As Wordsworth grew up, a more dramatic relationship with Nature came to co-exist with this passivity. He began writing the autobiographical poem that he would work on intermittently for the next 40 years. This was eventually published in 1850, under the title The Prelude.
In passages of The Prelude first drafted amid the snows of an isolated winter in Goslar, near the Harz Forest in Germany, in 1798-99, Wordsworth recalled several significant episodes from his schooldays. In one, the young boy, now motherless, took for himself some birds that others had snared, and
Here the adult Wordsworth evokes the child's fear, and his sense that, alone and small amid the great hills and the universe of night, he has angered unknown powers in Nature that are real and far bigger than he is. On another occasion these fearsome powers strode after him for days in his imagination after he 'stole' a boat to row out into Ullswater. Nature, in Wordsworth's word, 'fostered' him (ibid., I, 306), using fear in such ways as these.
The fostering involved beauty too. Ice skating at speed, the boy, alone despite the crowd, would stop short and this made it seem that,
Galloping on horseback with other Hawkshead schoolboys, and exploring the ruined Furness Abbey, the boy listened to an invisible bird that 'sang to itself' so sweetly that,
The wonder of the universe and a sense of timelessness: perceptions like these cut into the boisterous activities of the schoolboy. The eternal was glimpsed. Wordsworth knew that Nature had let him 'drink' a 'visionary power' (ibid., II, 330). It reminds us that he is perhaps our greatest poet of transcendence, that through Nature he could apprehend the spiritual beyond the immediacy of the material.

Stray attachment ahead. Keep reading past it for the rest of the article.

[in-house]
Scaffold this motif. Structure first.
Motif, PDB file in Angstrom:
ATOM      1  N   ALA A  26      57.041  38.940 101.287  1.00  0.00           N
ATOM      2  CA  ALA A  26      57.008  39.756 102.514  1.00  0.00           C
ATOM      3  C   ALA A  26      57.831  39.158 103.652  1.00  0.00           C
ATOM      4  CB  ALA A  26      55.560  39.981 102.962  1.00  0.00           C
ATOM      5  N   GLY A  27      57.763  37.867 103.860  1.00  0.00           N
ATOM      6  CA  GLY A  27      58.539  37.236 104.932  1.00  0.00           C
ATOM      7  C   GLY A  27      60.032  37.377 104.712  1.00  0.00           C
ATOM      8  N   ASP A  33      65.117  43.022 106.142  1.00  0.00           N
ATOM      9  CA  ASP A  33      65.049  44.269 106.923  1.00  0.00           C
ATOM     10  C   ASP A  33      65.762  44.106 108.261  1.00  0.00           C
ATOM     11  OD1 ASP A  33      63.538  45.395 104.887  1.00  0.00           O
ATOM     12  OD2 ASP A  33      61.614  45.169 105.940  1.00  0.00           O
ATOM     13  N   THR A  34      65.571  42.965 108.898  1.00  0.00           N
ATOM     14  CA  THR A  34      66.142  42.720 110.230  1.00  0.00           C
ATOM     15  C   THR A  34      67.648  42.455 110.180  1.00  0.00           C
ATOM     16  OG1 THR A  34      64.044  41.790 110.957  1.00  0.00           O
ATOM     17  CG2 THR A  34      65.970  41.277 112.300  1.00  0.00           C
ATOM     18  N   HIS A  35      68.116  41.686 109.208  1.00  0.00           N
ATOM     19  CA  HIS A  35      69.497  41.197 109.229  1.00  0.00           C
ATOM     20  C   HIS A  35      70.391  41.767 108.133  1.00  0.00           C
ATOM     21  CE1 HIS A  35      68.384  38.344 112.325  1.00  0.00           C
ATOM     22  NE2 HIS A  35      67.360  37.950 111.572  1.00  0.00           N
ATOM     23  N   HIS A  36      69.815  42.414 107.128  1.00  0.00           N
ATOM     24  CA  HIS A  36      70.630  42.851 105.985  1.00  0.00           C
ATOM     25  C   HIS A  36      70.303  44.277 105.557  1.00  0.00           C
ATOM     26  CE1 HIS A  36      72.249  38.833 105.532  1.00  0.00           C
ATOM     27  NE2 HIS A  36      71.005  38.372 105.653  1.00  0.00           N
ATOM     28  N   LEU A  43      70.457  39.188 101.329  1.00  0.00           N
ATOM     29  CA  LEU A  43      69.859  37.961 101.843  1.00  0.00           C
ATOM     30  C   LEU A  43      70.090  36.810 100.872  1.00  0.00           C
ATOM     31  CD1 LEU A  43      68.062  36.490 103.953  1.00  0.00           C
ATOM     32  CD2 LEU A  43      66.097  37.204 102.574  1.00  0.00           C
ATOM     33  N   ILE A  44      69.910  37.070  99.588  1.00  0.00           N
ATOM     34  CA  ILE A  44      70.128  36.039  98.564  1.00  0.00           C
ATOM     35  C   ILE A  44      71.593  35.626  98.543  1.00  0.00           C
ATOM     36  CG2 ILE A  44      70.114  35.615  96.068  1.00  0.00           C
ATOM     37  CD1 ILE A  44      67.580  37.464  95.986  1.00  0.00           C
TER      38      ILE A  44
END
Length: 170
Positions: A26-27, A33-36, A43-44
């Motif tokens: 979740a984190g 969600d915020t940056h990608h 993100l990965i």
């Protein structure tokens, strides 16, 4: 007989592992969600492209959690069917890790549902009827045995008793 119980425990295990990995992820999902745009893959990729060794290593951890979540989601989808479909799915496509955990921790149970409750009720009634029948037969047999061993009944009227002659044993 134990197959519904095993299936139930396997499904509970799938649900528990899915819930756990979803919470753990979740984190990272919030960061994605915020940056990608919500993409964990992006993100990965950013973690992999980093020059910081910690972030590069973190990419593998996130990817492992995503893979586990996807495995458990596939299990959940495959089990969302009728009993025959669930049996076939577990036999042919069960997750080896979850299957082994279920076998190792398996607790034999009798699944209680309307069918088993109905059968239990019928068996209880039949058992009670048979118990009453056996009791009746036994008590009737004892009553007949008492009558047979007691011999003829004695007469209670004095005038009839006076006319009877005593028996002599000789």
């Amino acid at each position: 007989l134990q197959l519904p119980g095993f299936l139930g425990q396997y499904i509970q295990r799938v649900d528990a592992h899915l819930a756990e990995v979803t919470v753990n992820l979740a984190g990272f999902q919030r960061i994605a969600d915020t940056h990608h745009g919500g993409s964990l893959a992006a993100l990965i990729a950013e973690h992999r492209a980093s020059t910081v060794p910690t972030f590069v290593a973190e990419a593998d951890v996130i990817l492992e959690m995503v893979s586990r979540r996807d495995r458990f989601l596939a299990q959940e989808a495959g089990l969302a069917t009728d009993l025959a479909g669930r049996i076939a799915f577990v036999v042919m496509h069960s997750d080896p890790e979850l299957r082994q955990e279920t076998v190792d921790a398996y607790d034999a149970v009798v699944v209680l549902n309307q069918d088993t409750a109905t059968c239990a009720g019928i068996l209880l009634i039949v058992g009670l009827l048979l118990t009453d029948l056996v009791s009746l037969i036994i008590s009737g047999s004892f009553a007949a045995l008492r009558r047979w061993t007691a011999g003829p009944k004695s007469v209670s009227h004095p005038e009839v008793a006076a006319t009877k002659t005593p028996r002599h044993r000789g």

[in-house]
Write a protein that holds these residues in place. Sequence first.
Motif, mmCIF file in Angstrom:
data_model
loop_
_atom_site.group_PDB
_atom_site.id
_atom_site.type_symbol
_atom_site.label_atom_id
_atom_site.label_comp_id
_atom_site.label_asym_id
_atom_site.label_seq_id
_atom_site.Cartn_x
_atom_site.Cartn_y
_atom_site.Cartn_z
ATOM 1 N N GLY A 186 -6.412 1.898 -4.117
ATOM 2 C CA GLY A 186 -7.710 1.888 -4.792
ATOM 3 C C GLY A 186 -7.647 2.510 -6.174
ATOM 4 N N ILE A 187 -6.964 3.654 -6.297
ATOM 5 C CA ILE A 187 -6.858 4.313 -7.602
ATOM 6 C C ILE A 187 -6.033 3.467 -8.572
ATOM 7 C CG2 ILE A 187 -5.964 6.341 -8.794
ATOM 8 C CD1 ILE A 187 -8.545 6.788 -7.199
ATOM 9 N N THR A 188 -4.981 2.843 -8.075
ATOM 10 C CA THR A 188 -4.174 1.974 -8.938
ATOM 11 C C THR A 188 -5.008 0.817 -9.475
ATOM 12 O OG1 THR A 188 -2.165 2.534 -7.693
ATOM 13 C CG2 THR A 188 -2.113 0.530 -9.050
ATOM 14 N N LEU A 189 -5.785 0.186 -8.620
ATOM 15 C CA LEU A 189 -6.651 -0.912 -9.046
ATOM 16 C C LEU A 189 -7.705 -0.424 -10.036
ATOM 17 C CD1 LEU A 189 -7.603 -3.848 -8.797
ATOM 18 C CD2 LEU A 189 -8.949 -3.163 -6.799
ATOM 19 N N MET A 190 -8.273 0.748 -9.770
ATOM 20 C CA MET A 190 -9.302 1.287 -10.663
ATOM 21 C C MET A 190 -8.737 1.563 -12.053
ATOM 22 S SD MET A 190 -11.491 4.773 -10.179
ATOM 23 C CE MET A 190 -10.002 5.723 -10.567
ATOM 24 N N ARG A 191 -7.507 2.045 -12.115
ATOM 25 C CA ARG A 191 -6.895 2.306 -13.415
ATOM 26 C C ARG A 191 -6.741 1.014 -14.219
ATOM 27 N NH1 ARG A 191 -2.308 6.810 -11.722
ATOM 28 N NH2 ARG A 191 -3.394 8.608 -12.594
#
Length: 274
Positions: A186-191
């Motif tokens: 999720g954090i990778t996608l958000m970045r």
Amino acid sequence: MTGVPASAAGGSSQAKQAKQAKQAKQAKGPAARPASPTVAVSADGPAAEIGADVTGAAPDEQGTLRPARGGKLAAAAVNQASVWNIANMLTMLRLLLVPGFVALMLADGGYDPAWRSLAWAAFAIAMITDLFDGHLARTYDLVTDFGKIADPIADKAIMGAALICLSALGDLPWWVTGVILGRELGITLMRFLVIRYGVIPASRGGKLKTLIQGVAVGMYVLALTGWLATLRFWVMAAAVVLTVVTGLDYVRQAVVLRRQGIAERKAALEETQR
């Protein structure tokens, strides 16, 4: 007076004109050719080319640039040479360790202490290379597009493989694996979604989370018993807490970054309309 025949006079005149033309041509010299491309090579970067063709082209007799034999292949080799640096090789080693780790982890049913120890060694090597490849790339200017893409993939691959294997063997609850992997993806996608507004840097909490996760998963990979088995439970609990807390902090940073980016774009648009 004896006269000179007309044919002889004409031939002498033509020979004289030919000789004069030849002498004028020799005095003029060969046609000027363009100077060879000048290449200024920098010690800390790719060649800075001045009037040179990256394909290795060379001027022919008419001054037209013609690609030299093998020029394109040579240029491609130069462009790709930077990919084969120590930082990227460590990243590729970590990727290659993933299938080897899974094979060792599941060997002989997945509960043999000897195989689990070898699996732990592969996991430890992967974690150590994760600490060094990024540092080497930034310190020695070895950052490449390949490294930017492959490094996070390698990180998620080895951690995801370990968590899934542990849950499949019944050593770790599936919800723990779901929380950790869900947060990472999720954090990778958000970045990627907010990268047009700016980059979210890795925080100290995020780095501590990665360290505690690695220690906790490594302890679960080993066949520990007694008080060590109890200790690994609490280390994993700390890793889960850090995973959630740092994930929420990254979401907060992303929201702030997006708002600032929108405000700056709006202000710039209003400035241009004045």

At times he became consciously creative and met Nature, as it were, half-way:
Tintern Abbey, the subject of Wordsworth's lyric meditation
By 1804 Wordsworth had mingled much with the world, and had been in France in both the heady days of the Constitution and the dark days of blood and violence. He had seen his peaceful hopes for change in society lost in aggression, and he had seen Robespierre tumbled, only to be replaced by grasping Napoleon. He was now living in an England that had grown to fear Revolution, where men of idealism had become disillusioned, and where government was punitive.
Only his relationship with Nature, built up over years, now, in these times of 'dereliction and dismay' allowed Wordsworth to 'Despair not of our nature' (ibid., II, 458). Indeed, since returning from France in late 1792, Wordsworth had come to see Nature not only in terms of the relationship between himself and the natural world, but also as intimately linked with the problems of society:
'Tintern Abbey' is a lyric meditation, penned in 1798 when Wordsworth was walking in the Wye Valley with his sister. In the poem he recalls his time there five years previously, in 1793, when he still had hope that England's social structure might change, and when his physical joy in Nature was still uppermost. He tells us in his poem that 'like a roe' he 'bounded o'er the mountains', that,
Five years on, however, in 1798, he had suffered political disillusion and personal trauma, and Nature had become inextricably linked with the human.
The sadness of humanity made itself heard in 'Tintern Abbey'; yet, fused into the context of Nature, that sadness was heard as music, as something beautiful. 'Tintern Abbey' is a passionate poem, a poem of faith, hoping and hopeful, that comes at the end of the great joint volume, Lyrical Ballads 1798, containing poetry by Wordsworth and his friend Coleridge.
The poem draws into itself that volume's many experimental poems about the disregarded outcasts of society: its old, poor, abandoned, unemployed, handicapped. These, added to the depression that Wordsworth felt, which was caused by the French Revolution and England's continuing war with France, gave significance to his 'hearing oftentimes The still, sad music of humanity'.
The poet's doubt